Dr Burnham shared with us a few of the key tips that women can put straight into action this #WomensHealthWeek.

1. Be proactive. If you think you may be due – or overdue – for a checkup, book one in! Things to think about are: an annual STI screening, management of contraception, and being aware of your periods. If you're having trouble with your periods, if it's too painful, or too heavy, then let us know. A lot of women are living with endometriosis, and in many cases it’s yet to be diagnosed. So if you're suffering, the message is you don't have to suffer in silence.

2. Make sure your cervical screening is up to date. I know a lot of women who might be uncomfortable with the procedure. If you’re worried about something, don’t put it off! We can provide a lot of peace of mind if you’ve got concerns. If something's abnormal, we can walk you through it.

3. See a GP when you’re planning for pregnancy. Engaging your GP in the process from the start can help you get the best outcome for your pregnancy. We can screen for underlying conditions and make sure you're on the right supplements, if needed.


JCU Pharmacy Alumni Susan Samimi

#WomensHealthWeek check-in with Townsville Compounding Pharmacy business owner and compounding pharmacist Susan Samimi.

For over 20 years, Susan has been providing customised Bio-identical HRT (hormone replacement therapy) tailored to women’s health needs.

“Going through menopause affects women in different ways. I’ve seen it affect relationships, memory, and performance at work. Other common symptoms include irritability, hot flushes and sweating.”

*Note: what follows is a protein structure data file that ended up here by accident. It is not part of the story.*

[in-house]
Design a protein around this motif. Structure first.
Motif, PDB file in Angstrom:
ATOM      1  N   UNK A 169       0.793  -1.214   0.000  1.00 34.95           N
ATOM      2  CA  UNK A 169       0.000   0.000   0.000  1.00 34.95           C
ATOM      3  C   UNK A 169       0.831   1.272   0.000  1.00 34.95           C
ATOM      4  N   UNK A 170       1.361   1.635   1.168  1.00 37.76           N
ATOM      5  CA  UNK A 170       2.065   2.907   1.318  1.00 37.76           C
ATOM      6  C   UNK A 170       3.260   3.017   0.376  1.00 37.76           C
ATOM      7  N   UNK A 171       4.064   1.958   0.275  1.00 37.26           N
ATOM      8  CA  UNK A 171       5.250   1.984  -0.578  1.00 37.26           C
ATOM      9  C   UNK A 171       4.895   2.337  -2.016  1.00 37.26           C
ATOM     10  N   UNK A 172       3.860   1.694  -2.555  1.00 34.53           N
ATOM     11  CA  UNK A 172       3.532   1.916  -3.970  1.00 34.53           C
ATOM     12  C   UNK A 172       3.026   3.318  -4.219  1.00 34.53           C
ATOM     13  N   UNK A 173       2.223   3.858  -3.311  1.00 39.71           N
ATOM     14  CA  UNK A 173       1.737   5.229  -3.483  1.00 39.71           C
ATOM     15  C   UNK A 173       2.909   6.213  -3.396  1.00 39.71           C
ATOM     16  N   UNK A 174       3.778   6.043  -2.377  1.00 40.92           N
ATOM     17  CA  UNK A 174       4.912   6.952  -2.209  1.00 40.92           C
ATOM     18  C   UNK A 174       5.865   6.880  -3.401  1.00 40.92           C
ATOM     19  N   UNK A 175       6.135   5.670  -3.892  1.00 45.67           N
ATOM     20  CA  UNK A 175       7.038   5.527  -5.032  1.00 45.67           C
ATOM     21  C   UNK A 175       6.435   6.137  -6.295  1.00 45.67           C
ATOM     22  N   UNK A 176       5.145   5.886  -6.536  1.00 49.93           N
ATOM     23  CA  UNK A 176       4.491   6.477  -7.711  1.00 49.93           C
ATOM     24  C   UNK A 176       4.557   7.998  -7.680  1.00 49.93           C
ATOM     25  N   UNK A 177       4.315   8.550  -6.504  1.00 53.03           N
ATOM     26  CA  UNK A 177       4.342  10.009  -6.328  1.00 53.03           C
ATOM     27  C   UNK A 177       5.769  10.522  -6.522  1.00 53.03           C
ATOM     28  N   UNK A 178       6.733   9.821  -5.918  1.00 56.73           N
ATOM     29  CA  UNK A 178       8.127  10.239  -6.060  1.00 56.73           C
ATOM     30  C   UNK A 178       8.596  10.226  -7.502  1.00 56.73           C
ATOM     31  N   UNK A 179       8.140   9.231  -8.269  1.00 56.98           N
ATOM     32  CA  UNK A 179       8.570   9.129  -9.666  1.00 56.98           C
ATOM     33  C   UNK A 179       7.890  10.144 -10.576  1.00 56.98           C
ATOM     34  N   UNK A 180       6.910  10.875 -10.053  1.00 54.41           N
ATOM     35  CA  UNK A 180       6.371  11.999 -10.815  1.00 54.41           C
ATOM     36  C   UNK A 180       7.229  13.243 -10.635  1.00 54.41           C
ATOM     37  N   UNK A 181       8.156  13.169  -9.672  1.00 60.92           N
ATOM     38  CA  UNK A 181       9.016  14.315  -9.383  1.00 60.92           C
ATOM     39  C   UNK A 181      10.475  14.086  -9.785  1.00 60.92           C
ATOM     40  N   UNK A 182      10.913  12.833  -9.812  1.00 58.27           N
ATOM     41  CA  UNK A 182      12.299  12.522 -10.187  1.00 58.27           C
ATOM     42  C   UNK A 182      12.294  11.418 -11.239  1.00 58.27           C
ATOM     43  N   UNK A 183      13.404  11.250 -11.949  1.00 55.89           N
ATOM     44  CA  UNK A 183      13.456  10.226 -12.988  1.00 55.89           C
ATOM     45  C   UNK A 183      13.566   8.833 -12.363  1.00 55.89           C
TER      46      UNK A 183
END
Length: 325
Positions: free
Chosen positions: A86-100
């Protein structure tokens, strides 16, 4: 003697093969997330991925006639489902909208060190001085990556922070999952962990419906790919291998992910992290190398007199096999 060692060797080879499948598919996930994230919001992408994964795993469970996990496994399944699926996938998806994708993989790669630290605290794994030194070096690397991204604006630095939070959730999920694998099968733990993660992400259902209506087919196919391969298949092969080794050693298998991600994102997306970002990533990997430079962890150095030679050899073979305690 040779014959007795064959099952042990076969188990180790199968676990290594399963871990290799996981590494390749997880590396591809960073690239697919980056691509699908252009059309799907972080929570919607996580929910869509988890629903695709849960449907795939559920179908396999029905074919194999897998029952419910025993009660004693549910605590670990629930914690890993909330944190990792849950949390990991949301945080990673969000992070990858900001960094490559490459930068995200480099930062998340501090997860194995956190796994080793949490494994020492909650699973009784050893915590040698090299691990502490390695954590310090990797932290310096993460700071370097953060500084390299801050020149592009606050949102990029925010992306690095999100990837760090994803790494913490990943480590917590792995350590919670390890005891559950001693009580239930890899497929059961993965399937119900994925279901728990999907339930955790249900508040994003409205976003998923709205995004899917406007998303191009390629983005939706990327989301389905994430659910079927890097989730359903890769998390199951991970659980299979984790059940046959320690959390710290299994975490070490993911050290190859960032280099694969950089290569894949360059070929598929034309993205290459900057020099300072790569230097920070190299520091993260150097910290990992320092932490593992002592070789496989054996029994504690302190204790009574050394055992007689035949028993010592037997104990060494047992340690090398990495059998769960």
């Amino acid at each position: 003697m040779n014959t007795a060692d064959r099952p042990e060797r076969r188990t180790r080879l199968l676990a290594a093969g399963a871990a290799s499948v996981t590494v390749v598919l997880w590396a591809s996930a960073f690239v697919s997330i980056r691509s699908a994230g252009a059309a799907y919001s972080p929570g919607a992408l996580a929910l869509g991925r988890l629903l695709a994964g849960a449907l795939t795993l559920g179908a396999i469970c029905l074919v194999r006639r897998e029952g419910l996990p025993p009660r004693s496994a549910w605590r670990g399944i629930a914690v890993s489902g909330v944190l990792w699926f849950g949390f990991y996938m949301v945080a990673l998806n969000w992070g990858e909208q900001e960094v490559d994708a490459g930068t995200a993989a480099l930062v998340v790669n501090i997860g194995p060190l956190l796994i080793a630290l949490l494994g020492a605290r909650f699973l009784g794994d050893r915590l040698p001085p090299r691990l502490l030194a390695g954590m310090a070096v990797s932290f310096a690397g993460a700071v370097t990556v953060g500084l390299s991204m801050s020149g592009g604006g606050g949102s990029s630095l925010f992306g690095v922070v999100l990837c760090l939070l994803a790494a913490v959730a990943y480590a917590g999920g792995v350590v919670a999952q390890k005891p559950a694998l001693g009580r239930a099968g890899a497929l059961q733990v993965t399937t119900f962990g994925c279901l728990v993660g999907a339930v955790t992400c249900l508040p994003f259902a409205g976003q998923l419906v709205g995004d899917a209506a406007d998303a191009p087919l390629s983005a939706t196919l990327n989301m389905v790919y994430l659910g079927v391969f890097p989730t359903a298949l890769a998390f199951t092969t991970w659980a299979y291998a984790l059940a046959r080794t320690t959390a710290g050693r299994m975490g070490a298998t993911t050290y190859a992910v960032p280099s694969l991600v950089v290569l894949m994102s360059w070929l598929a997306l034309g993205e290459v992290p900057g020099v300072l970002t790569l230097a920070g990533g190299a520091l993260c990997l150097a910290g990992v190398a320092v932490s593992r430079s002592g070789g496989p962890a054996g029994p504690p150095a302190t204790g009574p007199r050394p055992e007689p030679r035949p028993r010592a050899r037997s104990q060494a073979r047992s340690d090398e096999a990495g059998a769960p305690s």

A common treatment option for these symptoms are HRT medications. After seeing many women experience side effects, Susan was inspired to offer her patients an alternative product, Bio-identical HRT.

“They are customised for each individual. That is, we do an assessment of the patient’s current hormone levels and customise hormone therapy tailored to their health needs. We also periodically review and adjust when necessary to provide the optimal therapy for the patient.”

Susan's advice to women: "Discuss with your doctor and compounding pharmacist to get the right information about different treatment options."

Jean Hailes for Women's Health JCU: James Cook University, Australia


JCE PhD Candidate Rachael Tommbe Research in PNG

Hailing from the Highlands of Papua New Guinea, College of Medicine and Dentistry recently completed PhD candidate and Registered Nurse, Rachael Tommbe, has made it her mission to help improve sexual health and wellbeing in PNG.

Rachael recently conducted a sexual health education project called Strongim Meri Lida, which translates from Tok Pisin as ‘Strengthening Women Leaders’, in collaboration with JCU Senior Research Fellow, Dr Michelle Redman-MacLaren.

“Traditionally, sexual health and wellbeing are culturally and religiously sacred and taboo topics that are not openly spoken about in PNG,” said Rachael. “The topic is considered as being almost offensive. As a result, women are hesitant to talk about such issues amongst themselves; mothers don’t even talk about it with their daughters.

Read more here ๐Ÿ‘‰